It is a rare occasion when policy elites sit across the table from those whose lives are affected by their decisions. Last week, I participated in just such an event when I accompanied a group of student debt strikers and defrauded former for-profit college students to a meeting in Washington D.C. with a man who has the power to cancel their loans and alleviate their suffering.
Joseph A. Smith is the “Borrower Defense Special Master” (yes, the acronym is BDSM) for the U.S. Department of Education. Formerly the federal monitor for the National Mortgage Settlement (a program that was criticized for severely limiting the number of homeowners who actually received promised relief), Smith was appointed BDSM in June after 200 hundred former for-profit students went on strike and thousands more disputed their loans through a little-known provision in the Higher Education Act called “Defense to Repayment.”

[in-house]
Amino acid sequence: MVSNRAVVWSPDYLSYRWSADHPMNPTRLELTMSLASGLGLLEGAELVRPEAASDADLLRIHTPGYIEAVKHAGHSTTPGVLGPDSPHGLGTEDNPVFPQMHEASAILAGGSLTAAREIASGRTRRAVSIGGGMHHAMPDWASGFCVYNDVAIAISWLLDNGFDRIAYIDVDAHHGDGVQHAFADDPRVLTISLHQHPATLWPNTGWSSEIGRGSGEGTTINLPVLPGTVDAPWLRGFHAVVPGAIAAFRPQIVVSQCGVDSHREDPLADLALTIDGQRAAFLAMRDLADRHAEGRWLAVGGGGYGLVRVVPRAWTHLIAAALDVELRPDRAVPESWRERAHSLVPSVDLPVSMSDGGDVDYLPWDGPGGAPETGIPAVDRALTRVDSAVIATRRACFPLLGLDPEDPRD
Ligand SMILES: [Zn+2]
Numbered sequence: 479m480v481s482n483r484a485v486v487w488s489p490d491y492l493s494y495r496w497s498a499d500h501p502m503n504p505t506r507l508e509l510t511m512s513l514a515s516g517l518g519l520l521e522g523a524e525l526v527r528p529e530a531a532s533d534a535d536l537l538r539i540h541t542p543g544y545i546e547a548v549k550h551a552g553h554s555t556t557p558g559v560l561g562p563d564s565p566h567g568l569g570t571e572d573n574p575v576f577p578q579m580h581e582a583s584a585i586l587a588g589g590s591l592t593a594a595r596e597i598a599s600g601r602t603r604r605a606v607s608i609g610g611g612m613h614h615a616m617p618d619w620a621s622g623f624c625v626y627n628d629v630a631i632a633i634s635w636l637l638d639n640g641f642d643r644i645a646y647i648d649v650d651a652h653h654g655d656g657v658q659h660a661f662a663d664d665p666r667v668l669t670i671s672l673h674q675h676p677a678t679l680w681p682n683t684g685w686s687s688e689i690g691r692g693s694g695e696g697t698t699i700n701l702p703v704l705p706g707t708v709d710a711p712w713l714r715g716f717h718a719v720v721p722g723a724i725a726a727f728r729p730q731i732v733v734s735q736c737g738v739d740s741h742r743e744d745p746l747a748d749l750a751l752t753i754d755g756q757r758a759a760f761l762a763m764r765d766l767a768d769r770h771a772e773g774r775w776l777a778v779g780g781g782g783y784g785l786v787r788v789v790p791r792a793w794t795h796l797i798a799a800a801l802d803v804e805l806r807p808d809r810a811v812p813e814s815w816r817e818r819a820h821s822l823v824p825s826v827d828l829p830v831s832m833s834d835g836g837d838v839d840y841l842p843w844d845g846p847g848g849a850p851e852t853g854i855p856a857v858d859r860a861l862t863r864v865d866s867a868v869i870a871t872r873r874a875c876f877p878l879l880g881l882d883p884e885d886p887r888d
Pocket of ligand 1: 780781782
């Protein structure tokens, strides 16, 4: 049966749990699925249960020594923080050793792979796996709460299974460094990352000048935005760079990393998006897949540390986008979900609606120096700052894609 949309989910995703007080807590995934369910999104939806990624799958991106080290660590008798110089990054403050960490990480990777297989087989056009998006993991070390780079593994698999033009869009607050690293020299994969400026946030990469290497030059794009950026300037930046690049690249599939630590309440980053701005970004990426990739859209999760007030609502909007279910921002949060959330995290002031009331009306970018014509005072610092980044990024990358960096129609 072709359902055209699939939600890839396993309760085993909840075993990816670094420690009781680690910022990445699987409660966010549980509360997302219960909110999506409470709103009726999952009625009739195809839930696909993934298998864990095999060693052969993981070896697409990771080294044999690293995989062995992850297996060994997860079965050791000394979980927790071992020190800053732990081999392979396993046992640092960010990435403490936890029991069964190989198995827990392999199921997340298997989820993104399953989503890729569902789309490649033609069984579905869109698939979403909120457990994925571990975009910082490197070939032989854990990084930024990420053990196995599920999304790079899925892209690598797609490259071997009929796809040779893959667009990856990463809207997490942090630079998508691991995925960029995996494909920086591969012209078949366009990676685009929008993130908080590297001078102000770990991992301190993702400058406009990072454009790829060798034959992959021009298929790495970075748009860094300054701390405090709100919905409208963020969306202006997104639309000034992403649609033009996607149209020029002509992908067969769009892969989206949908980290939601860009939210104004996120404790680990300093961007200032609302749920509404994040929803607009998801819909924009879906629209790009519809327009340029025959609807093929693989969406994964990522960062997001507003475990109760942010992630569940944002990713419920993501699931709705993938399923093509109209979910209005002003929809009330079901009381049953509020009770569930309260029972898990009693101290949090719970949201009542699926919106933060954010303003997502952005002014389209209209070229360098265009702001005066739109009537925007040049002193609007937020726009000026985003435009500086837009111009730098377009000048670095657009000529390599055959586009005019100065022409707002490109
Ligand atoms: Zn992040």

Most of the students had attended Corinthian, which enrolled hundreds of thousands of people over the years. It promised them high-paying jobs and brand-new lives and delivered little more than dashed dreams and a lifetime of unpayable debt. After raking in billions in taxpayer dollars and delivering windfall profits to wealthy investors for almost two decades, the company declared bankruptcy last year. Students, however, are stuck with their debt.
The meeting between defrauded borrowers and Smith was an unusual occasion inside the halls of power. The Department of Education is the federal agency that regulates colleges and universities. The Secretary is a cabinet-level appointee and, with 5,000 employees and a budget of around $70 billion, the Department is charged with ensuring that students receive an education worthy of the name. The agency’s dereliction of duty began years ago. During the same decade when President Bill Clinton was ramping up efforts to deregulate the financial industry as a whole, Congress authorized for-profit colleges to generate up to 90% of their revenue from federal student loans. For the last 25 years, the Department has funneled billions into hundreds of schools set up with the explicit goal of providing big profits to financial firms like Goldman Sachs (a former owner of for-profit operator, EDMC) and Wells Fargo (the largest investor in Corinthian).